I look for someone who is an active listener; by that I mean someone who is really listening and can repeat back to me what I said. Some people are only thinking about what they are going to say next rather than listening to you. That goes hand in hand with having a facilitator I enjoy speaking with.

I keep track of who keeps in touch with me. I recently assigned one facilitator mainly because she checked in with me at least once a week. 'How's it going, has anything come up for me?' she would ask. She shows enthusiasm and I like it when people take the time to send a short message.

How much knowledge/expertise must the facilitator have regarding the problem to be solved?

The potential facilitator always asks me what sort of knowledge is needed on the subject matter, and they are invariably surprised when I tell them, until I explain why. Then it all makes sense...

We want the facilitator to have a general background; sometimes even just a high school background on the subject can suffice because if the subject matter is too familiar they might be inclined to offer their own opinion, which is not desirable. They have to be comfortable enough with the language to be comfortable with the team but at the same time, not interject.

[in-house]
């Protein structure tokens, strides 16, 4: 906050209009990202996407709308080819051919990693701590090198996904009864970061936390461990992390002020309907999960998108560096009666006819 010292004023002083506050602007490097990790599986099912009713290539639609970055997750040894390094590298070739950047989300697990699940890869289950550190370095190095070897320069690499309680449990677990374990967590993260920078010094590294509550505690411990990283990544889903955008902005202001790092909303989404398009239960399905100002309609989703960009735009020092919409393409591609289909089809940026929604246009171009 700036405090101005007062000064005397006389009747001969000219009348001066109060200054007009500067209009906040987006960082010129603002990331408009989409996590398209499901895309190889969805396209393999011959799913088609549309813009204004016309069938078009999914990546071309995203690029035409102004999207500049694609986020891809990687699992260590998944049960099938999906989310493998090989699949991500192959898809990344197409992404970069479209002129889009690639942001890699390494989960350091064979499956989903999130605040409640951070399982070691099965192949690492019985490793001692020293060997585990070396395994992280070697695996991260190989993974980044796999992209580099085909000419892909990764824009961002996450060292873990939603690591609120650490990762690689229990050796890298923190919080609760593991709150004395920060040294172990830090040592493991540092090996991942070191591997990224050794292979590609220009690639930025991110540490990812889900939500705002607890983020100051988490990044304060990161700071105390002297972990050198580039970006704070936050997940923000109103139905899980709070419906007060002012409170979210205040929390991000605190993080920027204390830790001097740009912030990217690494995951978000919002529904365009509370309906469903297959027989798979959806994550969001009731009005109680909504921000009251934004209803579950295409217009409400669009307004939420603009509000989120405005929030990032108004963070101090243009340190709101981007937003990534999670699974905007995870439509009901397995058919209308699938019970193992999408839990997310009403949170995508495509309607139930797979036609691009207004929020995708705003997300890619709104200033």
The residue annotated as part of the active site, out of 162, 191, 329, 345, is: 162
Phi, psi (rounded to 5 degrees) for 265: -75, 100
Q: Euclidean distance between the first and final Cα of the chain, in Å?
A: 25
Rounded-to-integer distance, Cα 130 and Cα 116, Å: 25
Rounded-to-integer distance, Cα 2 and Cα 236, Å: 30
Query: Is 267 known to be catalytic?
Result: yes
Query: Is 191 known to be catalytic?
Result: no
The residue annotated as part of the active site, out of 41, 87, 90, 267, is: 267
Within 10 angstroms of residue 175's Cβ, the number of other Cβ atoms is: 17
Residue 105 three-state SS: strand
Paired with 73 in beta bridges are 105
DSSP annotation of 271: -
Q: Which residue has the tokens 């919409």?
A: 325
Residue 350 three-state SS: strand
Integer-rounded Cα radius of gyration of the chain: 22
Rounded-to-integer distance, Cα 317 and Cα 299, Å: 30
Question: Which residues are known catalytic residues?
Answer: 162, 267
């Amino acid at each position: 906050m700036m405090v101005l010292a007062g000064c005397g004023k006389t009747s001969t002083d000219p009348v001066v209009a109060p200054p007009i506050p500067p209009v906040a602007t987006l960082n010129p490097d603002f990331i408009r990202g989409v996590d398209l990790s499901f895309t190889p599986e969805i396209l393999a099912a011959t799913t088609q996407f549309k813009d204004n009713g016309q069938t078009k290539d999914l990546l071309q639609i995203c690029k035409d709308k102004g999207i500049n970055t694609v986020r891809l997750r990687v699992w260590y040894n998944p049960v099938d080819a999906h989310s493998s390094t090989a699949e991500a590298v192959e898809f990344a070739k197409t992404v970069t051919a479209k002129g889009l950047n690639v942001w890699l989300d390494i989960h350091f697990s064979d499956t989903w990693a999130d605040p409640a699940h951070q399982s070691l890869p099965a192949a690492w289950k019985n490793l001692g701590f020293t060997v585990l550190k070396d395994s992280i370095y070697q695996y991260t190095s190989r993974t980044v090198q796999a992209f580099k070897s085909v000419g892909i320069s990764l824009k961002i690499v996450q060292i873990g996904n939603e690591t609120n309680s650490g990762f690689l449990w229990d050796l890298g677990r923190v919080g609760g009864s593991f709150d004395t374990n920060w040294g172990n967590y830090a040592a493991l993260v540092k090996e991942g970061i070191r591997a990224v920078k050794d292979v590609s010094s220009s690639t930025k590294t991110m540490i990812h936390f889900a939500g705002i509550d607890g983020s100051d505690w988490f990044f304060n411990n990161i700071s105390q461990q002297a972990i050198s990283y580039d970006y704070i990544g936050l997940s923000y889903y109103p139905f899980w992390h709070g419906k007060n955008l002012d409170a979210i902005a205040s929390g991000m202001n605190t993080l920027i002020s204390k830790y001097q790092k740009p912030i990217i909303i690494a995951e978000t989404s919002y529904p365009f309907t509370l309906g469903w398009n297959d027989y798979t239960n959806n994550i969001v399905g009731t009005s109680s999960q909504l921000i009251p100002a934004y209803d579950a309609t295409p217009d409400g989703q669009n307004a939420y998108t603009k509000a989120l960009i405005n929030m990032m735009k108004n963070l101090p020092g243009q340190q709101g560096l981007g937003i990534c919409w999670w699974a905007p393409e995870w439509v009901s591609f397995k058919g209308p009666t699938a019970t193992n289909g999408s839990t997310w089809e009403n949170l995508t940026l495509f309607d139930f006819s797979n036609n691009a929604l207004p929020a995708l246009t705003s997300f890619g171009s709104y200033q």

Do you check their references?

Some are professional facilitators so I can visit their website and LinkedIn and see past performance.

Do you have any problems working with the facilitators?

Only time constraints. They all have a good grasp of English and some have interesting accents.

Can you give an example of a successful facilitator?

Sure. David Gleiser, a professor from Colombia, has helped his teams win several challenges. And Lisa Singh, from Dayton, Ohio has completed at least 10 challenges since she started with IdeaConnection, and she is currently working on two more.

Do you work with the problem solvers, i.e., the team?

When a team is formed I call every new problem solver. This is where we get into language barriers, and I make sure they are available and have the time to commit. I discuss the importance of each team member and stress the importance of seeing it through to completion. I also ask them if they are comfortable with working on a contingency basis, and they must also confirm that they are comfortable in transferring the intellectual property when a solution is accepted.

What kinds of problems could facilitators anticipate?

One problem working on a virtual team is anonymity so some team members are not aware that the team comprises real live people; there can be a lack of emotional connection and human responsibility. The facilitator must ensure the message gets across that "People like you are needed and if one person quits the whole team is let down." Then I listen to their reaction.

As I mentioned, there are of course language barriers. For example, someone may answer to my above statement with "yeah, yeah," which in our culture may sound dismissive but to someone from India this response means "I understand you."